“What happened to Mars?” is one of the most compelling questions in space science. It probably wasn’t always the dead, dry, cold place it is now. Did its core cool and stop rotating, allowing the full glare of the sun to blast away its atmosphere and water, and kill anything that may have lived there? Was it struck by a large body, which incinerated its atmosphere, and led to its demise? Were there other causes?
According to a new research paper from Sylvain Bouley at the University of Paris-South, and his colleagues, it may have been a massive, ancient outpouring of molten rock that threw Mars off kilter and helped change Mars into what it is today.
The Tharsis region is an ancient lava complex on Mars that dates back to between 4.1 billion and 3.7 billion years ago. It’s located in Mars’ Western Hemisphere, right near the equator. It’s made up of three huge shield volcanoes—Arsia Mons, Pavonis Mons, and Ascraeus Mons. Collectively, they’re known as Tharsis Montes. (Olympus Mons, the largest volcano in the Solar System, is not a part of the Tharsis complex, though it is near it.)
Tharsis is over 5,000 km across and over 10 miles thick, making it the largest volcanic complex in the Solar System. That much mass positioned after Mars was already formed and had an established rotation would have been cataclysmic. Think what would happen to Earth if Australia rose up 10 miles.
The new paper, published on March 2nd, 2016, in the journal Nature, says that the position of the Tharsis complex would have initiated a True Polar Wander (TPW.) Basically, what this means is that Tharsis’ huge mass would have forced Mars to shift its rotation, so that the location of Tharsis became the new equator.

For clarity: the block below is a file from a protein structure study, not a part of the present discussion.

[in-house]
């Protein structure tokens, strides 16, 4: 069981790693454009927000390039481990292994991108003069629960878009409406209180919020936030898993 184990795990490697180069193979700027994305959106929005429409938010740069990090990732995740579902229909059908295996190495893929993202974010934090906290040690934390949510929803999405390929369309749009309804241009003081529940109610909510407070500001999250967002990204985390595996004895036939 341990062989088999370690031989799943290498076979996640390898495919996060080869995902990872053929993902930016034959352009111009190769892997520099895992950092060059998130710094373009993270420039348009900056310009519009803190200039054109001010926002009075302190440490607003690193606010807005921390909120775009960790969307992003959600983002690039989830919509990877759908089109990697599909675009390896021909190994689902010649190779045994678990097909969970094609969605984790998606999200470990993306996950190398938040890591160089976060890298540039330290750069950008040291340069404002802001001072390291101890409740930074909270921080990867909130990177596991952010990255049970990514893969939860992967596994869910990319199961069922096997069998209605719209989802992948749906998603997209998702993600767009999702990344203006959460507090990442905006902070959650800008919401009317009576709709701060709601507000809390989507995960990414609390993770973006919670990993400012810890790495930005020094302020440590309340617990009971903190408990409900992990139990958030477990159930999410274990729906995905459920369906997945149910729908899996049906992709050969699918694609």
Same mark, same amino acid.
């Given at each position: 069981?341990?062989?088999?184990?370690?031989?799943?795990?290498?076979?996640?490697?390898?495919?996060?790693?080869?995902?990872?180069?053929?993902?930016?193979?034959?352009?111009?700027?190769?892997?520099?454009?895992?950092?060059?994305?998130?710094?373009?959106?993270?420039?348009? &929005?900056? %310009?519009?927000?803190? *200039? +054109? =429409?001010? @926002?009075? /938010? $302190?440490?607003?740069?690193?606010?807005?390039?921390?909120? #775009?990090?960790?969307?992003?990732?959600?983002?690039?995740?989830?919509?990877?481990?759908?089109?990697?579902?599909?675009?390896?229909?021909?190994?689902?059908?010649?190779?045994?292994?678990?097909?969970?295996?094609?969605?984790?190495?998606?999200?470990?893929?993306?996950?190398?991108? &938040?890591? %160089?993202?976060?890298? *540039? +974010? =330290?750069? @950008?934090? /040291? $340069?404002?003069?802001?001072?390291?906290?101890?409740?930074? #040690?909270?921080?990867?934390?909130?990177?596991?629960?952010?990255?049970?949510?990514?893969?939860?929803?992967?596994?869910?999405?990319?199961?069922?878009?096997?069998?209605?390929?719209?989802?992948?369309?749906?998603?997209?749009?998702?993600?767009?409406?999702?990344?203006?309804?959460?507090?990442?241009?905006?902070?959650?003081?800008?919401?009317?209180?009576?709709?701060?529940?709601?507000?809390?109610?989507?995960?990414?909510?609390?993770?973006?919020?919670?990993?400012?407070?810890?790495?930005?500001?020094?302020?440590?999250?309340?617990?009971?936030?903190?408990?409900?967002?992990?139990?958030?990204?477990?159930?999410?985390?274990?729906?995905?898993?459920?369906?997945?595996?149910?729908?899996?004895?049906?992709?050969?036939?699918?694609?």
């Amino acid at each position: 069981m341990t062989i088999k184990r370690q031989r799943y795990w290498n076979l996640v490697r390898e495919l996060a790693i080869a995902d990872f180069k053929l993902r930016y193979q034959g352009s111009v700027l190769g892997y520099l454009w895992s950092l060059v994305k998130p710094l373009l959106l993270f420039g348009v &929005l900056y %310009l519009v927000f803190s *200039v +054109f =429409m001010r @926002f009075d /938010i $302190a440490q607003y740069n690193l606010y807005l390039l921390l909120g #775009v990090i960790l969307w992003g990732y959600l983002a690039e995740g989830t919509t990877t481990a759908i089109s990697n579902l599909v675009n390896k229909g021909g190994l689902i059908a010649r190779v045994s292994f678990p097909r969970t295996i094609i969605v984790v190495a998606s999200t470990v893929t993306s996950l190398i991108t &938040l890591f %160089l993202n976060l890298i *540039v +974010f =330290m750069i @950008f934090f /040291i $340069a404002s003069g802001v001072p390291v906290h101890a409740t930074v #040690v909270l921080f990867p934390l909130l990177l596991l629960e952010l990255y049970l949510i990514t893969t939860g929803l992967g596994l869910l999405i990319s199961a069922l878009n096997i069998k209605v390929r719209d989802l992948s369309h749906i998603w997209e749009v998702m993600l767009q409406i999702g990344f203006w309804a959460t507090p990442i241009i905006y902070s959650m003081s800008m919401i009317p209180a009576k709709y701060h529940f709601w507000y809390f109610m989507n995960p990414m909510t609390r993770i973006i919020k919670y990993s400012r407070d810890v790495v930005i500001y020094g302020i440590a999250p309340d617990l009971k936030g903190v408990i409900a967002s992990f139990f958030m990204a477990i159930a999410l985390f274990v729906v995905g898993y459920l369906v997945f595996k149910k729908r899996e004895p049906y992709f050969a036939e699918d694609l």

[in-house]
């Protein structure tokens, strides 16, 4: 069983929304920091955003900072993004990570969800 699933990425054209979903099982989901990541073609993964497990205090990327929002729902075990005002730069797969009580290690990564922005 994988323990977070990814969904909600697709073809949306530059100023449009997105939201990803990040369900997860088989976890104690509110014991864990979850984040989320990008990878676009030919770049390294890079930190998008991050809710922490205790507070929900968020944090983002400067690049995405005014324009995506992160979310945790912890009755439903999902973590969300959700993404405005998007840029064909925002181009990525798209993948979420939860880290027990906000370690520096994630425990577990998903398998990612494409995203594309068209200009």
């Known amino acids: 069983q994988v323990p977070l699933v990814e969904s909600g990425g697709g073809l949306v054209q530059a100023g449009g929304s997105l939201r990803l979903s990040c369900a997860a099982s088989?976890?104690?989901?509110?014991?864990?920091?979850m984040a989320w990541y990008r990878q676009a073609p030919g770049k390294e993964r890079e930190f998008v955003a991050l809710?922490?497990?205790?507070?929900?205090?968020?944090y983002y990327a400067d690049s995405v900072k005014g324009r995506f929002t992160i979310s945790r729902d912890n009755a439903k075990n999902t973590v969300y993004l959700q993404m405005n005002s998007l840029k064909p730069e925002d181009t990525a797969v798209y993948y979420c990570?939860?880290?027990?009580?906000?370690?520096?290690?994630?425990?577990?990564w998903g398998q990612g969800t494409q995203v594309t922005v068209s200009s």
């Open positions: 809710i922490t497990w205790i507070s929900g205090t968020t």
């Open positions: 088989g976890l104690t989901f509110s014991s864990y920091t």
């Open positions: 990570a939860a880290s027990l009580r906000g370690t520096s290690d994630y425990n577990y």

It was thought that the emergence of Tharsis made Martian rivers—which formed later—flow the direction they do. But the study from Bouley and his colleagues shows that Martian rivers and valleys formed first—or maybe concurrently—and that the Tharsis TPW deformed the planet later.
The authors of the study calculated where the Martian poles would have been prior to Tharsis, and looked for evidence of polar conditions at those locations. The location of this ancient north pole contains a lot of ice today, and the location of the ancient south polar region also shows evidence of water.
What it all adds up to is that the disappearance of water on Mars probably happened at the same time as the TPW. Whether the appearance of the Tharsis lava complex, and the resulting cataclysmic shifting of Mars’ rotational orientation, were the cause of Mars losing its climate is not yet known for sure. But this study shows that the ancient volcanic cataclysm did at least help shape Mars into what it is today.